However, living with someone and sharing a bed/room/toilet with someone does make it harder to read. Mainly only because you have less space to be quiet and be alone in. Some spouses are particularly needy. In your friend’s case, he could read when his wife was away at work.

But reading is a solitary act and when you’re sharing a bed/room/toilet, you might have to CARVE out space for that solitude. Just like you CARVE out space for reading because it is a priority for you.

The question is — what do you carve out space for? Christina reads. Her friend plays video games? Or whatever? Or maybe he doesn’t carve at all.

Onely - August 4, 2011

All true, that. And single people living with roommates would have a lot of the same “carving” challenges. = )

2. Alan - August 4, 2011

I wonder if people are confusing flexibility with the freedom of additional time.

As Christina pointed out, there’s no reason to assume that single people have more free time than coupled people. Indeed, you could argue that singles may have less free time because they have to do more things on their own.

But singles do have greater flexibility, in that actions can be taken without having to consult a partner (Granted, single people may have responsibility for children, elderly parents, or extended family members). Perhaps it’s this flexibility that people are thinking of.

Stephanie Black - August 5, 2011

I agree that singles often have less time. When you live by yourself you do everything – laundry, dishes, cleaning, shopping, etc. I don’t mind doing it and I love living alone, but ideally half of this stuff would be done by my partner if I was coupled and living with him. My life is incredibly busy, but I find time to do the things I love, and it’s wonderful.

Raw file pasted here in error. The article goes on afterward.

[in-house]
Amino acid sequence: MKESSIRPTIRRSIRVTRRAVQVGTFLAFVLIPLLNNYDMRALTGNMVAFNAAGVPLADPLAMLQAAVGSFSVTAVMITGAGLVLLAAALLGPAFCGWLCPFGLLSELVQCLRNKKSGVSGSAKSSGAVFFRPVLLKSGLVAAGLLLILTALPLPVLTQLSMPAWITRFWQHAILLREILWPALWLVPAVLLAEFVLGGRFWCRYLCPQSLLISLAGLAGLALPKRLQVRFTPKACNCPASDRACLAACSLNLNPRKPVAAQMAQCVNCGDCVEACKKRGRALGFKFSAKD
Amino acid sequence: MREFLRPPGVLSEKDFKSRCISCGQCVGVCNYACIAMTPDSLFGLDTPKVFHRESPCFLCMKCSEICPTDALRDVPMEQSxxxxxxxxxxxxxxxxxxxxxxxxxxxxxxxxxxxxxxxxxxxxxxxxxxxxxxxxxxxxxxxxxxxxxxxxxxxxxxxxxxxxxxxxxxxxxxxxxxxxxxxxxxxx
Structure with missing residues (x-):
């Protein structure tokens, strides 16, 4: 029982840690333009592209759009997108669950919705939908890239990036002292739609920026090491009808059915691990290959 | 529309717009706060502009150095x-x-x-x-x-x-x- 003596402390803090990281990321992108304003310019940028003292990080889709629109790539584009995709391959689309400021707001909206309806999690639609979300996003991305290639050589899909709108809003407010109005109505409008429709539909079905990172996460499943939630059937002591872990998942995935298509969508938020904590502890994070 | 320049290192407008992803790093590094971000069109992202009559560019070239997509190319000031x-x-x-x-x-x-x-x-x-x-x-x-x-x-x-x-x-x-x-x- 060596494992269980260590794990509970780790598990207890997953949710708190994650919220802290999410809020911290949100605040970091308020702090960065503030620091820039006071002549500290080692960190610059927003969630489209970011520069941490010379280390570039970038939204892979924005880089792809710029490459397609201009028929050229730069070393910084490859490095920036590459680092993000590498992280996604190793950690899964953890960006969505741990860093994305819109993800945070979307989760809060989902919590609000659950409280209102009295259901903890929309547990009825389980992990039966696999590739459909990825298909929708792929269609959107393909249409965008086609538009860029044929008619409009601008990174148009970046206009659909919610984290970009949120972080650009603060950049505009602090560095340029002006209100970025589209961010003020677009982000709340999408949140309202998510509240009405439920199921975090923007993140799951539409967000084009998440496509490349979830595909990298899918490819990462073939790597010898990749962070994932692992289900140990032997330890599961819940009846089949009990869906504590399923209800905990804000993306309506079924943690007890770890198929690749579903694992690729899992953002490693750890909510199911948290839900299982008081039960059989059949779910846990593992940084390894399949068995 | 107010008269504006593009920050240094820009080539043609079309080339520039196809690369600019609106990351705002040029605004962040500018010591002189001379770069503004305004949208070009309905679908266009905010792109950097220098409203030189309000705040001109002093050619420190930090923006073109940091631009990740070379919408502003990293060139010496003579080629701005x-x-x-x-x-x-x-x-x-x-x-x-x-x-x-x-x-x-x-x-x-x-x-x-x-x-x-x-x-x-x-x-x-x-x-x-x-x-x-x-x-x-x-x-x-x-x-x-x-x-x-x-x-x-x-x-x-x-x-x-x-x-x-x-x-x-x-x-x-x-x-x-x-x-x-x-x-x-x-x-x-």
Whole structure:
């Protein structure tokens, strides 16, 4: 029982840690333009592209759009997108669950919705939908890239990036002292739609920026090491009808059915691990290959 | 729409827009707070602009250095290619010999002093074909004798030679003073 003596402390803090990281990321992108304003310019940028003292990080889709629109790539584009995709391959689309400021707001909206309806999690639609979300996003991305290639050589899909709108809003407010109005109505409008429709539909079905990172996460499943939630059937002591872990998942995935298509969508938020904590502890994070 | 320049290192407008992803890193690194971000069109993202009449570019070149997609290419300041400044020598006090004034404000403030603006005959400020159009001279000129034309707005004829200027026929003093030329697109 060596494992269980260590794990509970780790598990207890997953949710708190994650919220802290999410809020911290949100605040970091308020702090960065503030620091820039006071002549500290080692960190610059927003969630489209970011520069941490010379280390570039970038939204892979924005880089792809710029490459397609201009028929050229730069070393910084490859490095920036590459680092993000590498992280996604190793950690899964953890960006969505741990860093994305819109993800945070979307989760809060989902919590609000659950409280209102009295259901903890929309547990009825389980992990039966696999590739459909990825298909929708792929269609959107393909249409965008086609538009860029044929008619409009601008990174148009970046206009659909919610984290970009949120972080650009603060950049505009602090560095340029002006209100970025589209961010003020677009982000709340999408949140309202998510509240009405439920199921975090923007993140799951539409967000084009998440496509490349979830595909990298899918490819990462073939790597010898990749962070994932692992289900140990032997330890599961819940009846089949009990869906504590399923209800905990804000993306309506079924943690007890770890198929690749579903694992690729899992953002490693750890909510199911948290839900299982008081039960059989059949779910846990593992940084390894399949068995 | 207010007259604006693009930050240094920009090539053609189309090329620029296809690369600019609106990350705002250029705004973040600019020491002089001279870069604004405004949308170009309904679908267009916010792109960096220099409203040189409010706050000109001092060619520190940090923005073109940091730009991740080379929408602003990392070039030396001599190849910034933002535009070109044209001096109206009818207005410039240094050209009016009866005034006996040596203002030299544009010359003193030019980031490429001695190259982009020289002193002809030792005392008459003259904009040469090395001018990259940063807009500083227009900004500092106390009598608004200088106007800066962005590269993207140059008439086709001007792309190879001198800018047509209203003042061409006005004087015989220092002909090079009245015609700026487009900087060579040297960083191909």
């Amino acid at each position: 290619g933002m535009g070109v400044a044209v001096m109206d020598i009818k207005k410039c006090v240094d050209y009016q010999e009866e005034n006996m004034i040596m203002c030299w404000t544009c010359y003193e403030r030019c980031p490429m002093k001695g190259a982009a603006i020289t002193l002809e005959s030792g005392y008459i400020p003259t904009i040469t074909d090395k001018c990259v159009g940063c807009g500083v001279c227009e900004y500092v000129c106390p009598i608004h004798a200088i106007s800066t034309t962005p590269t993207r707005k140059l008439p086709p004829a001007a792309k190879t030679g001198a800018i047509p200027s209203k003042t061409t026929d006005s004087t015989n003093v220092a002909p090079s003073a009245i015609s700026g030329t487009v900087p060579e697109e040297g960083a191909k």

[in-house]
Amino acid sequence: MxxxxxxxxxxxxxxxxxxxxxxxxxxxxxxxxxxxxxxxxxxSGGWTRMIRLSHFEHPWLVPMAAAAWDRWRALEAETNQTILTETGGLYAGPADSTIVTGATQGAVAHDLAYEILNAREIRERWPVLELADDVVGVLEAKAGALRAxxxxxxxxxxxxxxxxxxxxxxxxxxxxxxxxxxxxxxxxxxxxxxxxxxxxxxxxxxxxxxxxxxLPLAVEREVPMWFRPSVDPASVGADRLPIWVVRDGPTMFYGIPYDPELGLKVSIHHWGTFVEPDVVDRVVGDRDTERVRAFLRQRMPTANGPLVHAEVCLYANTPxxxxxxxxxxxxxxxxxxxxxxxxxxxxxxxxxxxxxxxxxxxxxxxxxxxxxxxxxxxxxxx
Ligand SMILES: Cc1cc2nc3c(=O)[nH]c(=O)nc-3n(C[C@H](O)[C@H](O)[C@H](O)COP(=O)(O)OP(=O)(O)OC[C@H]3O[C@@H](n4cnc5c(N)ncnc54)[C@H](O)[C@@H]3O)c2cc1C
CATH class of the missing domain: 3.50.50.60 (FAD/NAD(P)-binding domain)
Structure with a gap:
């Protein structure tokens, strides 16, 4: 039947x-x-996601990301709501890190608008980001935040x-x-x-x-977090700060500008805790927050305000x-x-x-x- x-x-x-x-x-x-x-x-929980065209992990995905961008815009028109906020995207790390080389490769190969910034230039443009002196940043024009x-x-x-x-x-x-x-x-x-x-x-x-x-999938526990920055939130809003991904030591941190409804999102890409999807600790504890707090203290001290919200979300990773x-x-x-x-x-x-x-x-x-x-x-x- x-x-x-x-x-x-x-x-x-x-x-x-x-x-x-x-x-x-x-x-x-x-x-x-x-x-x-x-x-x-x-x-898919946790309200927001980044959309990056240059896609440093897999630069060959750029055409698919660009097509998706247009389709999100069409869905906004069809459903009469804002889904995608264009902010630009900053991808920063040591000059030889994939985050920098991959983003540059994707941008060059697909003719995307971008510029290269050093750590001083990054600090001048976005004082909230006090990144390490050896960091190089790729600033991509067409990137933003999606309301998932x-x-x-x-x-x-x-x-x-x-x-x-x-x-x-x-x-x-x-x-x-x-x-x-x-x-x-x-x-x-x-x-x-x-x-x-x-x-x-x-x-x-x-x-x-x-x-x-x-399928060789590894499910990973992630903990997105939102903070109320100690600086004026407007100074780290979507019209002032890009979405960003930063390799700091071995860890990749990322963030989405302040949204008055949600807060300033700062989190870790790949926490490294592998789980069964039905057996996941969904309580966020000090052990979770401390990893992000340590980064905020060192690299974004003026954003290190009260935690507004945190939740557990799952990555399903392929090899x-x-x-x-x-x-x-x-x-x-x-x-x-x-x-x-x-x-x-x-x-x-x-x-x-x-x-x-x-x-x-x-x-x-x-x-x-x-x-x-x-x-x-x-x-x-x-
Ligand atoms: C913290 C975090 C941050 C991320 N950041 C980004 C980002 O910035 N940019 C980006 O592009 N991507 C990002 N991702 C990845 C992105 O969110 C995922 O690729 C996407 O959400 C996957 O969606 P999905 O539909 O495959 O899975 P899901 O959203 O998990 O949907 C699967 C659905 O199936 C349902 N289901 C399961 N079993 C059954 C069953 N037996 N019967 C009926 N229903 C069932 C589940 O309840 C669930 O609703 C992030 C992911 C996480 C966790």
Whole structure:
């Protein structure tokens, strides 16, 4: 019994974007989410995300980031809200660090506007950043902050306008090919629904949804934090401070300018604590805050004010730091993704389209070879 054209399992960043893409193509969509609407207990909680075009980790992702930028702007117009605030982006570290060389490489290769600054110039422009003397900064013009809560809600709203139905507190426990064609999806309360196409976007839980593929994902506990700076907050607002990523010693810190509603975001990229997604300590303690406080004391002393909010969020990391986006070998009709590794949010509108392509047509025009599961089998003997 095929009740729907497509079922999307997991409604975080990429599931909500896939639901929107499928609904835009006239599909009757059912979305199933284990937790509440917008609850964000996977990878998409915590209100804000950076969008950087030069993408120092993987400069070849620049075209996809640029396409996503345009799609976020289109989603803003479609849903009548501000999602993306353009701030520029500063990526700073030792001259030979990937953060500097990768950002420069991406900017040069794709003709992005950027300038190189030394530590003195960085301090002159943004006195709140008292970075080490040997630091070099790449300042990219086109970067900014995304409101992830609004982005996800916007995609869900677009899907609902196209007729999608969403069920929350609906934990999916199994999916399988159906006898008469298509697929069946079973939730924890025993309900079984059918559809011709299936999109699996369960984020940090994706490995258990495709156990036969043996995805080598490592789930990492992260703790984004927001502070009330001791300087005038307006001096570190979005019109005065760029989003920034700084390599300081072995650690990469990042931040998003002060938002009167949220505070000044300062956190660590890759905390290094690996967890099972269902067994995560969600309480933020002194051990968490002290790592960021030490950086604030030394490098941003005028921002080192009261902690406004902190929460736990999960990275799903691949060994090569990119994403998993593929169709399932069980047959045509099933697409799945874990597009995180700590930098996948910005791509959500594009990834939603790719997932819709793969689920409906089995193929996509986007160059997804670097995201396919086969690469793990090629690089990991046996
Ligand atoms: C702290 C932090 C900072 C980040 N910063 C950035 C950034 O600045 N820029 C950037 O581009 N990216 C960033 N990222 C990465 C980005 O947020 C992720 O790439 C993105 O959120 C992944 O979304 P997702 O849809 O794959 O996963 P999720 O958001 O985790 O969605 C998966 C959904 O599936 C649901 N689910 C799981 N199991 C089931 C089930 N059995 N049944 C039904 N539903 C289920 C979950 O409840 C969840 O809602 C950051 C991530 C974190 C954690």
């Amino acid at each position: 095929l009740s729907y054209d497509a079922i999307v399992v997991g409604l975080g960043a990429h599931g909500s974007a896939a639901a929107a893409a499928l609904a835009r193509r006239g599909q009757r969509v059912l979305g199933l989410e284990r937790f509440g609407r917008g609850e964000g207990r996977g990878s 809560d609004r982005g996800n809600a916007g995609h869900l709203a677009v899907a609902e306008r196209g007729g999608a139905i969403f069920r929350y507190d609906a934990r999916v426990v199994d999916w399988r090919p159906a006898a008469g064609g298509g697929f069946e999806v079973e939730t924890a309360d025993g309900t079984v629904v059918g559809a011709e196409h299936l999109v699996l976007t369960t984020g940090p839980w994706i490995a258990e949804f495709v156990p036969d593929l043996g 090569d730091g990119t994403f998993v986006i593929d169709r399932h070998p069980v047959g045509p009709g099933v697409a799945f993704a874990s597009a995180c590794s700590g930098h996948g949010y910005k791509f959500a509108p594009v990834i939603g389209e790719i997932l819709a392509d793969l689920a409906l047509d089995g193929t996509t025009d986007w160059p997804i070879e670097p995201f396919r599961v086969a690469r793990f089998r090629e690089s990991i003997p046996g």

Charlie Fields - August 9, 2011

“Actions can be taken without having to consult a partner.”

That’s why I love being single!

3. Rhea - August 4, 2011

well… i think that was just a lame excuse!!!!
i know married people who work 40 hours a week and they read.
they are not just married, they also have children.

your sweet friend probably just “grabbed” the first excuse he found in front of him!!!

i am single as well… i work… some weeks 50 hours, some weeks 60 hours… i find time to read, and invest time on my hobby that i love, spend time with my doggie, clean, do laundry, see my friends, go dancing, go to the movies, do volunteer work… all i don’t have time in my life is a for a boyfriend! =P
priorities my friend!!!

and that bring me to the question… do couples think singles have more free time??? well, have they considered some people are singles because they have not time at all!?!?


well… whatever the case is… it’s all a matter of priorities!!!
enjoy your single life!!!!

Onely - August 4, 2011

“Have they considered some people are singles because they have not time at all!?!?” Perfect.

4. clofa - August 7, 2011

I hate it when people do this, mostly my family. Instead of considering I have to work twice more than them, be it for income or maintaining the house, with no shared responsibilities, they think I have nothing to think about and nothing to do!
AND, I have a stack of unread books and no time to read them 😦

5. MissBates - August 7, 2011

Ha! I am single, and have worked 70+ hours a week in a high-pressure job for most of the past 20 years. (Gee, I wonder WHY I’m single . . . ? LOL!) I also read, a LOT. You just can’t deal in generalities about whether single or coupled people have more time. As with most things in life: “it depends.”